Factor # 1: you don’t have a consistent training schedule
How are we supposed to figure out a metric of measurability if we don’t have a routine that is constant? How do we ever know if we are progressing if we go to the gym 2 days one week, 7 days the next, 1 day the following week? You have to be honest with yourself on how many days a week you can make the gym CONSISTENTLY.
A question I ask clients: how many days can you go to the gym per week regardless of other life factors in the way? Give me the number you can go without hesitation or excuse - and we roll with that number first. Realistic expectations create realistic goals.
Factor #2: you aren’t lifting heavy enough.
In order to build muscle, you have to push yourself. A lot of people do very light weight in the gym. While there is nothing wrong with this approach, especially if you want to work on form, it does not yield a great amount of muscle being built.
Heavier workloads put more stress on the skeletal muscles which forces them to grow. When lifting heavier weights, this stimulates fast twitch muscle fibers to grow.
Factor #3: you are under eating
Building muscle mass is hard to build and even harder to maintain. You’re going to have to eat to gain those muscles you work hard for in the gym - and it’s a lot more than you think. You can’t be scared to increase calories if you want to put on muscle and achieve a “toned” look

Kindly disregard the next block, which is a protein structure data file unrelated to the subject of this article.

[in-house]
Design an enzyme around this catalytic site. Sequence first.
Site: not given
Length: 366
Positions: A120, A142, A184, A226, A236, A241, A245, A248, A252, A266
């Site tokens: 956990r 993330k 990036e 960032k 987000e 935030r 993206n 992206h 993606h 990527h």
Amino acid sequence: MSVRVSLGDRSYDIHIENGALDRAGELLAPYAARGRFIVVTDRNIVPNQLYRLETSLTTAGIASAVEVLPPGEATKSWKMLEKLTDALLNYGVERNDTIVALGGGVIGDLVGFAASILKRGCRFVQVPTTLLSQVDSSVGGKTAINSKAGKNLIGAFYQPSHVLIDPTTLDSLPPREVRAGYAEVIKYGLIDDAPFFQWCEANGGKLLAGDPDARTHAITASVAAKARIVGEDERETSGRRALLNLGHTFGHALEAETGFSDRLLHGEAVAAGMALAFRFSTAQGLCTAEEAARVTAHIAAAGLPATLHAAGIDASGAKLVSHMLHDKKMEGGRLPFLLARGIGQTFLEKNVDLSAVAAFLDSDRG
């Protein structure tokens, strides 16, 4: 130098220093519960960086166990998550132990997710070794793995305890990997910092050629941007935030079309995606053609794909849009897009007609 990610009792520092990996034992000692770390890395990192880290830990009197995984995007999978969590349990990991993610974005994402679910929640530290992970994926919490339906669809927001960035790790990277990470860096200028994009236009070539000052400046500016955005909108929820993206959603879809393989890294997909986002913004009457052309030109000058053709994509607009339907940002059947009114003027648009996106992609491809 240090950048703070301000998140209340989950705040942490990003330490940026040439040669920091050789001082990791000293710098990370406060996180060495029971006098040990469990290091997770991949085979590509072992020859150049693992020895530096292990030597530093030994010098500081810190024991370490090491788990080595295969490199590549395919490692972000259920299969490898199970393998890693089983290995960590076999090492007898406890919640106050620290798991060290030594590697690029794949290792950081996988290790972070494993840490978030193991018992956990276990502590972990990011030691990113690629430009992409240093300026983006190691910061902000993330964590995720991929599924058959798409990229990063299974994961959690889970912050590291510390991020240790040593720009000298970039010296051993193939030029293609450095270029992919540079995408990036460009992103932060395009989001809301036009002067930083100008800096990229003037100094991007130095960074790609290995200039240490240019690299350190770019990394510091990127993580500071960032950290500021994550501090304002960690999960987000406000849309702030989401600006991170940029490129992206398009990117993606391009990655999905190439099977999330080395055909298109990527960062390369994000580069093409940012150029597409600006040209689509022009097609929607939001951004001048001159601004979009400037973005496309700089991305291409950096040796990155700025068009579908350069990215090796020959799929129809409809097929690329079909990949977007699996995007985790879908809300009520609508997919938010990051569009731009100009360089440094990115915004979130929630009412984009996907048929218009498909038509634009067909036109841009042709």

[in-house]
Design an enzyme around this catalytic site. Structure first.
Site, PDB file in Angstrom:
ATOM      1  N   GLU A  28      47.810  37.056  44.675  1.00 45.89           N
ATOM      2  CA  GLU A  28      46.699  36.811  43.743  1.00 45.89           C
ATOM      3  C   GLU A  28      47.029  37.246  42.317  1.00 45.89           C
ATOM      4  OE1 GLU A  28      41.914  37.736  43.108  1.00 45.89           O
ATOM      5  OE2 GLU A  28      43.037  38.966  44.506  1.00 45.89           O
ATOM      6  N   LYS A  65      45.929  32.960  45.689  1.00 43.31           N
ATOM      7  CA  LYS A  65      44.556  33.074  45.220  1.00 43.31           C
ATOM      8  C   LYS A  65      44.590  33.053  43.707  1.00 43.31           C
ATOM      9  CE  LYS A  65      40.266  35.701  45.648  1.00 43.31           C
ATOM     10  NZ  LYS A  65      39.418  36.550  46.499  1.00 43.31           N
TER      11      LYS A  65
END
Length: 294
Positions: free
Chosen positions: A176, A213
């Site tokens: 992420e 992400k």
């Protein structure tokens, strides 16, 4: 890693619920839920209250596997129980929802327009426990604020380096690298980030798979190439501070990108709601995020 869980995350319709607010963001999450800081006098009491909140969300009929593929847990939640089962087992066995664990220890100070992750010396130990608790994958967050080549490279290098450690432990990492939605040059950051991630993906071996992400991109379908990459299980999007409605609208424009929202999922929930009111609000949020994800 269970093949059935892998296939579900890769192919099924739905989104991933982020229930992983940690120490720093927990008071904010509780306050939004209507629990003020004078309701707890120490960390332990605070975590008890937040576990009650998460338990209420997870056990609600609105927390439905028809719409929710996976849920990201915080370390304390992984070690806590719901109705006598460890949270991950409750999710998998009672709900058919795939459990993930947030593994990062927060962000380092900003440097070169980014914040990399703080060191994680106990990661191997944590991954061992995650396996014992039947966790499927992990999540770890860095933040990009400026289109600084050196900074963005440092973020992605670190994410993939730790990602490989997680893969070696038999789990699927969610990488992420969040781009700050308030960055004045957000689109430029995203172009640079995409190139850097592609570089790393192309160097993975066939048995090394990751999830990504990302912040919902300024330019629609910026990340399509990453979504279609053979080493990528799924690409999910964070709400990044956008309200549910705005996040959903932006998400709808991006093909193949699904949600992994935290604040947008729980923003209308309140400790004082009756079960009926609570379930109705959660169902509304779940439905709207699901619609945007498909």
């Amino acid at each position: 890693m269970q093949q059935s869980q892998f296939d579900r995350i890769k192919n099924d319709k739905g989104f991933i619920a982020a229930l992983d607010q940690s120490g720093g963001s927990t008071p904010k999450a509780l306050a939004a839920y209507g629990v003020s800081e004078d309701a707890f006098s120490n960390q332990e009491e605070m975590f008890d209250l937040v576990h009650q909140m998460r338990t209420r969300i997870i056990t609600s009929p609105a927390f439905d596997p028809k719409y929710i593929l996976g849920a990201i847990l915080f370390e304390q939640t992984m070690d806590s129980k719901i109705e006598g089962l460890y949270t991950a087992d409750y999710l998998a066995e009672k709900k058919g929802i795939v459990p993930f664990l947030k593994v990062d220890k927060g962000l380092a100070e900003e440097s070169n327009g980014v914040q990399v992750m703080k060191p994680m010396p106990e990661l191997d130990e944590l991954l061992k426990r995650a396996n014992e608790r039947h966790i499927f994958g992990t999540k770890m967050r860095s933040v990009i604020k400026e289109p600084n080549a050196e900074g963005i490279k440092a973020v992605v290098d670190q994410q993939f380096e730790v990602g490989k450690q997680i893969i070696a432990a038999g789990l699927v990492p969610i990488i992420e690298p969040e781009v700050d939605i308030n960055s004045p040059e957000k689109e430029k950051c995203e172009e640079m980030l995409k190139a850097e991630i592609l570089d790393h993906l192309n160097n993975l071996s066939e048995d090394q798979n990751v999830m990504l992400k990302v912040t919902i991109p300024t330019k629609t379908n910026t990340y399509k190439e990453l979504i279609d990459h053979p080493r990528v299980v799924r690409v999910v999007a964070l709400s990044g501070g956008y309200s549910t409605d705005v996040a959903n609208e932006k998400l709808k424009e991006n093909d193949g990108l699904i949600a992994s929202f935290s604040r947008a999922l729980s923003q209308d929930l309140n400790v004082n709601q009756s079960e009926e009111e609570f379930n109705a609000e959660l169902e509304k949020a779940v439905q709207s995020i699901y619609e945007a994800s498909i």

Factor #4: not eating enough protein
A lot of people assume they are eating enough protein but they really aren’t. And overall health measurement to eating enough protein is 1-1.2g per pound of body weight
So that means if you weigh 145 pounds, then you should aim for 145-174g of protein - that’s a lot of protein a day! With that said, incorporating a variety is important. Your range should include: dairy, beef, poultry, seeds, eggs. Each of these proteins have a variety of branches amino acids which is the building block of your highly sought out muscle.
Factor #5: you aren’t getting enough quality sleep
Most people miss this target because they think they get enough sleep. Sleep is the most overlooked component of not gaining muscle. Getting high quality sleep is crucial when it comes to recovery, energy, it helps initiate the muscle building process - the human growth hormone is at its highest when you sleep. There’s also a direct correlation of cortisol (stress hormone) and lack of sleep. Cortisol breaks down muscle tissue - you don’t want this if you are trying to gain muscle.
All of these factors can be changed with the help of putting a structure routine and plan in place for your goals. If you struggle achieving these goals by yourself, there is nothing better than to join a support group to help motivate you and keep you on track.
Interested in what a support group would look like? Click here to book a free consult to discuss your goals and how we can support your through them!